The river that submerged vast swaths of Australia's third-largest city last week surged again Friday and began flooding some Brisbane suburbs, as rivers in Australia's southeast soared to record heights.
The weekslong crisis has cost Australia at least $3 billion in lost farming and coal exports and has shown no sign of easing.
Homes, business and a race course in suburbs of Brisbane hit last hard week flooded again Friday, as city residents sandbagged their homes. An exceptionally high tide combined with rain engorged the main river running through the Queensland state capital Friday, and Mayor Campbell Newman urged people in low-lying areas to be prepared.
The Brisbane River is expected to remain high until Sunday. State Premier Anna Bligh warned that more flooding was possible, but she was hopeful the worst was over.
"We may see some localised flooding, which will be heart breaking if it happens," said Bligh. "We got a little bit of rain overnight, but not some of the rain that might have otherwise complicated this event, so fingers crossed."
In southeast Victoria state, hundreds of homes faced threats over the weekend as four rivers northwest of the state capital Melbourne were expected to reach their highest peaks in a century, said Lachlan Quick, spokesman for the State Emergency Service.
Eastern Australia has endured weeks of massive flooding that the government says could be the nation's most expensive natural disaster ever. It shut down much of Queensland's lucrative coal industry and has caused 30 deaths.
The Queensland floods will reduce coal exports by 16.5 million tons (15 million metric tons) by March, the Australian Bureau of Agricultural and Resource Economics and Sciences reported Friday.
The government's main forecaster on the farming and mining industries said the lost exports are worth up to 2.5 billion Australian dollars ($2.5 billion).
Australian farm produce, most of which is exported, including fruit, vegetables, cotton and sorghum will be cut by at least $500 million in the fiscal year ending June 30, the bureau said.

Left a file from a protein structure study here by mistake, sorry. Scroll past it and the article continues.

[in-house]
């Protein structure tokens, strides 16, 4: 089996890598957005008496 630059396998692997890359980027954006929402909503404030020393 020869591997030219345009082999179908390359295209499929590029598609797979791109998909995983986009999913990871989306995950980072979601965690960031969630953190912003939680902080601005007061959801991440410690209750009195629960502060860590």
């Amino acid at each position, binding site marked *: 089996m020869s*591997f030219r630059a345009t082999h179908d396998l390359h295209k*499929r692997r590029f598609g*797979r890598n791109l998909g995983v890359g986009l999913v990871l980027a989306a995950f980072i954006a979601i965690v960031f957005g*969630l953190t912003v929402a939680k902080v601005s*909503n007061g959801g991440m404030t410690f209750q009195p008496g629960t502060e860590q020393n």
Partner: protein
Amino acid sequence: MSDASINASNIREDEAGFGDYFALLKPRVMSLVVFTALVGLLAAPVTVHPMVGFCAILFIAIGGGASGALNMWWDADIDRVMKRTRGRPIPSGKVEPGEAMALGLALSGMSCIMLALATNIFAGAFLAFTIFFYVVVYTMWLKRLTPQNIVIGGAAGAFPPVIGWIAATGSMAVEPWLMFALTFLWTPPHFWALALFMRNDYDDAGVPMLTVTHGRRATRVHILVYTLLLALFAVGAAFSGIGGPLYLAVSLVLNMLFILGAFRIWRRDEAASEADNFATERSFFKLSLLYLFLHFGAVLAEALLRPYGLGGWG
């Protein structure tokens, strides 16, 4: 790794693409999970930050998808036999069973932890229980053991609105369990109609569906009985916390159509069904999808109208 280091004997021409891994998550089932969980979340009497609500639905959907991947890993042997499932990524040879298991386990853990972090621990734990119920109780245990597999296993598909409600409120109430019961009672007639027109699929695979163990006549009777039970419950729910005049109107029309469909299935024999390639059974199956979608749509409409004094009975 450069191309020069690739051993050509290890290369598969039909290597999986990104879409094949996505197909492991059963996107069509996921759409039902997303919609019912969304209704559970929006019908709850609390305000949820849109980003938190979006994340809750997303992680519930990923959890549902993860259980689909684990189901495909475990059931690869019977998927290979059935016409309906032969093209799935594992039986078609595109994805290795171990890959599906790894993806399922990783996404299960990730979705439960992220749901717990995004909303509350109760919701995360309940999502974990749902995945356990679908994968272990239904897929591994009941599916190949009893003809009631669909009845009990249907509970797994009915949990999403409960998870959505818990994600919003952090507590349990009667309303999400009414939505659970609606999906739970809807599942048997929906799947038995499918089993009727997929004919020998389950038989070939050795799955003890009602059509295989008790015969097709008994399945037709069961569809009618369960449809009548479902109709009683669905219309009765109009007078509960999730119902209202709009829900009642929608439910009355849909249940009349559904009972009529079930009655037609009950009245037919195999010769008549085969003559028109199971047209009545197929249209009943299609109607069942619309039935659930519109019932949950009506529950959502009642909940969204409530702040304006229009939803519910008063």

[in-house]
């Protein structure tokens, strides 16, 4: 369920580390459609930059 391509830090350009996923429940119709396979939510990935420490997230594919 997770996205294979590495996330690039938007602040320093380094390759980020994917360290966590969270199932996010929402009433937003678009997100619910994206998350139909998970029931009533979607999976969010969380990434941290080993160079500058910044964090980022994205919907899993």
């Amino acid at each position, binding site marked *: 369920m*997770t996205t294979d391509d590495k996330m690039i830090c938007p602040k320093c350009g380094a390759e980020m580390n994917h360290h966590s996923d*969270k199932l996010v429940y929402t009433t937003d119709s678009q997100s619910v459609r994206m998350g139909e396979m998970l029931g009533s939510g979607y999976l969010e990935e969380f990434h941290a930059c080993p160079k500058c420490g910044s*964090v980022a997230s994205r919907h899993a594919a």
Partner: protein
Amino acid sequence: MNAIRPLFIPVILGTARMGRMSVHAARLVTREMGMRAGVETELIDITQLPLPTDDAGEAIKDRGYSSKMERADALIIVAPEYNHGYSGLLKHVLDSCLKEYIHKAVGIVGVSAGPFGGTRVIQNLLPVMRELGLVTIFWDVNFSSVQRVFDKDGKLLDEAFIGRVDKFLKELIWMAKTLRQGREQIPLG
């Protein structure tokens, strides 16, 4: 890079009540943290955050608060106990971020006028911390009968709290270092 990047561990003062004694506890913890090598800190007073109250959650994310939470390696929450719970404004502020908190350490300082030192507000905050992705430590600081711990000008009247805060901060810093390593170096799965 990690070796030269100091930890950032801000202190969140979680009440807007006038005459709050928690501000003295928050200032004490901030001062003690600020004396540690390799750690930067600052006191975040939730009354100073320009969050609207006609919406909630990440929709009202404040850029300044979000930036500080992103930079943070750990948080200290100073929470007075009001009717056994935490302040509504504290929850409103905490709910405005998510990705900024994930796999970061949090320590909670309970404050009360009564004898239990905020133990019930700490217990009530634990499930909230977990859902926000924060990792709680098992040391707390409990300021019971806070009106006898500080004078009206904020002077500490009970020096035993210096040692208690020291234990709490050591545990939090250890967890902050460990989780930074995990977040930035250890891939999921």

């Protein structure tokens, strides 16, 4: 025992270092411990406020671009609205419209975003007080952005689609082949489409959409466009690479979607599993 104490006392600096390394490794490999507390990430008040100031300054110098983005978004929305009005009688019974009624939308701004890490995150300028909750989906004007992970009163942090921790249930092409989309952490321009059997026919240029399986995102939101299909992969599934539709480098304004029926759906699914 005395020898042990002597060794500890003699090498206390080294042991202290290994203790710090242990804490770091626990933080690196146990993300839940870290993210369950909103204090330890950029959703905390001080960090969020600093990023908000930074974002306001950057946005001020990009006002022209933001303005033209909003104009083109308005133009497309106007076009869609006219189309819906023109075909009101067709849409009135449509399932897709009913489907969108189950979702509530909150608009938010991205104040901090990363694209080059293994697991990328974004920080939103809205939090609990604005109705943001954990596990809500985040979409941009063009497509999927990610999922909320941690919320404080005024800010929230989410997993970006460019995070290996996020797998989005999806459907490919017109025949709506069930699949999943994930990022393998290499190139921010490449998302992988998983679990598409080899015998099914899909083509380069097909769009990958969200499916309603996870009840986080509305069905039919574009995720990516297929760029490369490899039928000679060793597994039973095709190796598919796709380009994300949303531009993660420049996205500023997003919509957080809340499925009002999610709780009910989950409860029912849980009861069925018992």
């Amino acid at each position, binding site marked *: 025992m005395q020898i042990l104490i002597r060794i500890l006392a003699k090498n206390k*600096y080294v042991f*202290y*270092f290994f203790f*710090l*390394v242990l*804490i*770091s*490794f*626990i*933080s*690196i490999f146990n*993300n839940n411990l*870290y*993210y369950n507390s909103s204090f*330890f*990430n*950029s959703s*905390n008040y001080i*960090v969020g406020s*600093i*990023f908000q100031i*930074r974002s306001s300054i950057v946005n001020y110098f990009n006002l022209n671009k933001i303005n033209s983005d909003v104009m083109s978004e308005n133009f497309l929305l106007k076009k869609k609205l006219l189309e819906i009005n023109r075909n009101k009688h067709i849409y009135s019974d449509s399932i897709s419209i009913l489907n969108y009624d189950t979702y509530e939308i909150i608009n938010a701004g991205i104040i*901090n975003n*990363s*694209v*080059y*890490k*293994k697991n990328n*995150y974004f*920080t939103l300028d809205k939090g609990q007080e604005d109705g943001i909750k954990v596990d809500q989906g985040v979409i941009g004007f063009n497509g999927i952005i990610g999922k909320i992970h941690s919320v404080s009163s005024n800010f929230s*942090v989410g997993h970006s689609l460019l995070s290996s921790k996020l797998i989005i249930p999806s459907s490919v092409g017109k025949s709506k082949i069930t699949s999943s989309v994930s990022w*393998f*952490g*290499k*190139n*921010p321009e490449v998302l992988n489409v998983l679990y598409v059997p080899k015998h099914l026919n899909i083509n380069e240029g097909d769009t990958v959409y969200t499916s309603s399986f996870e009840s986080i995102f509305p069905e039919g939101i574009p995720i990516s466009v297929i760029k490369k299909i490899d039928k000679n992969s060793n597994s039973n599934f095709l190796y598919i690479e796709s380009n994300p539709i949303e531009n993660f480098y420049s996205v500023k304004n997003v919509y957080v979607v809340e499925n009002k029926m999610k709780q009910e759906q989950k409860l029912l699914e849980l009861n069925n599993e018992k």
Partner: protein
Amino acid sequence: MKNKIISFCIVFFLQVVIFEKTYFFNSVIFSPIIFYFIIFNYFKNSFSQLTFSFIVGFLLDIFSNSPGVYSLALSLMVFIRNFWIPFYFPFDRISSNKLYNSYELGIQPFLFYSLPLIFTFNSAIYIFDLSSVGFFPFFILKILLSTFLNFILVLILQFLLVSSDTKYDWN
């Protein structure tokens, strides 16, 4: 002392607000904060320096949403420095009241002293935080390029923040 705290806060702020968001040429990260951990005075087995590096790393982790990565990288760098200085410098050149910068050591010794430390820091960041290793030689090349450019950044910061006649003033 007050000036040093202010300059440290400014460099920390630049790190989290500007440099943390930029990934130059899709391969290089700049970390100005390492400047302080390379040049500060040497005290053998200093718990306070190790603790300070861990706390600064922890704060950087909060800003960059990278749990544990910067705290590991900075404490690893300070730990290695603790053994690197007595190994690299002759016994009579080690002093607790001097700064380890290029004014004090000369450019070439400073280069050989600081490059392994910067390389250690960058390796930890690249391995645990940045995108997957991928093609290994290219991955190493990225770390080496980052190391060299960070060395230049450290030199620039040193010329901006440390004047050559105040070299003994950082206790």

The global credit ratings agency Fitch Ratings estimated Friday that between 30,000 and 40,000 houses were damaged by the floods in Queensland alone.
Australia is the driest continent after Antarctica and was recently in the grip of the worst drought in more than a century. But 2010 was Australia's third wettest year on record, even though the country's drought-stricken southwest region endured its driest ever year.
With the drought retreating, the agricultural bureau had predicted in December last year that farm production would rise by AU$2 billion from AU$28 billion last fiscal year.
Also in December, the agency had predicted coal exports would increase to AU$48.6 billion this year from AU$36.4 billion last year due to higher prices and greater volumes driven by burgeoning Asian demand. The floods have put that growth in doubt.
The government has yet to estimate the cost of the damage, which will reach billions of dollars, but Prime Minister Julia Gillard said she was considering introducing a flood tax to pay for reconstruction.
Some estimates already were at $5 billion before the Brisbane floods last week.
In Victoria, 72 towns have been affected by flooding already and more than 3,500 people have evacuated their homes.
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